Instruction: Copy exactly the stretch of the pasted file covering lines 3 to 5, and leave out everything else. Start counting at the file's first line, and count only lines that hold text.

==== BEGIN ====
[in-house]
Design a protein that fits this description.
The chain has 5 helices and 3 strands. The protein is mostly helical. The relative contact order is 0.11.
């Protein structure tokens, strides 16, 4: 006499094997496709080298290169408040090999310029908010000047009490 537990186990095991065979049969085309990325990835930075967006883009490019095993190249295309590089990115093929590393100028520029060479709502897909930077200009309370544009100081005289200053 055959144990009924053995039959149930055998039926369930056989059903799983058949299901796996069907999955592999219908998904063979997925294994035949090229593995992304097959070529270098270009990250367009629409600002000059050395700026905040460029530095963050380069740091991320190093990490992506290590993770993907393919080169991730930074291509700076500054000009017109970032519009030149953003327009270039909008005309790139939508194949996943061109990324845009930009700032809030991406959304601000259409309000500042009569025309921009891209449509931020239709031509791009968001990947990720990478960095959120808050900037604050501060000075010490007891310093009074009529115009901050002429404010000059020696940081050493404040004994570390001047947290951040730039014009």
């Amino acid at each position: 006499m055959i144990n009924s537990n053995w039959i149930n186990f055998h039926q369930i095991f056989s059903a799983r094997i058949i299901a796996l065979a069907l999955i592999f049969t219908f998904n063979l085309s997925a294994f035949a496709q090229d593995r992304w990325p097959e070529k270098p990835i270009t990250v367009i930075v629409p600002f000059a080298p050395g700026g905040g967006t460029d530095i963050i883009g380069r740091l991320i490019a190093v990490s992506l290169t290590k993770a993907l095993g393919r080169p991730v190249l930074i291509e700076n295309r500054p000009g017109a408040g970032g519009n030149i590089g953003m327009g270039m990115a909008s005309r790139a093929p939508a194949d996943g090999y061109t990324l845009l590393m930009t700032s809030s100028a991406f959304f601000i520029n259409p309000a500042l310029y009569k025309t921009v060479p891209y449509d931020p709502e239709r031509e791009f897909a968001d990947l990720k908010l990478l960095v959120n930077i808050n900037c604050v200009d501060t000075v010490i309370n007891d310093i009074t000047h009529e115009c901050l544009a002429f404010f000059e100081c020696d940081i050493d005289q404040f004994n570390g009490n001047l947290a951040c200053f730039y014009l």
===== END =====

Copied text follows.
The chain has 5 helices and 3 strands. The protein is mostly helical. The relative contact order is 0.11.
């Protein structure tokens, strides 16, 4: 006499094997496709080298290169408040090999310029908010000047009490 537990186990095991065979049969085309990325990835930075967006883009490019095993190249295309590089990115093929590393100028520029060479709502897909930077200009309370544009100081005289200053 055959144990009924053995039959149930055998039926369930056989059903799983058949299901796996069907999955592999219908998904063979997925294994035949090229593995992304097959070529270098270009990250367009629409600002000059050395700026905040460029530095963050380069740091991320190093990490992506290590993770993907393919080169991730930074291509700076500054000009017109970032519009030149953003327009270039909008005309790139939508194949996943061109990324845009930009700032809030991406959304601000259409309000500042009569025309921009891209449509931020239709031509791009968001990947990720990478960095959120808050900037604050501060000075010490007891310093009074009529115009901050002429404010000059020696940081050493404040004994570390001047947290951040730039014009």
């Amino acid at each position: 006499m055959i144990n009924s537990n053995w039959i149930n186990f055998h039926q369930i095991f056989s059903a799983r094997i058949i299901a796996l065979a069907l999955i592999f049969t219908f998904n063979l085309s997925a294994f035949a496709q090229d593995r992304w990325p097959e070529k270098p990835i270009t990250v367009i930075v629409p600002f000059a080298p050395g700026g905040g967006t460029d530095i963050i883009g380069r740091l991320i490019a190093v990490s992506l290169t290590k993770a993907l095993g393919r080169p991730v190249l930074i291509e700076n295309r500054p000009g017109a408040g970032g519009n030149i590089g953003m327009g270039m990115a909008s005309r790139a093929p939508a194949d996943g090999y061109t990324l845009l590393m930009t700032s809030s100028a991406f959304f601000i520029n259409p309000a500042l310029y009569k025309t921009v060479p891209y449509d931020p709502e239709r031509e791009f897909a968001d990947l990720k908010l990478l960095v959120n930077i808050n900037c604050v200009d501060t000075v010490i309370n007891d310093i009074t000047h009529e115009c901050l544009a002429f404010f000059e100081c020696d940081i050493d005289q404040f004994n570390g009490n001047l947290a951040c200053f730039y014009l």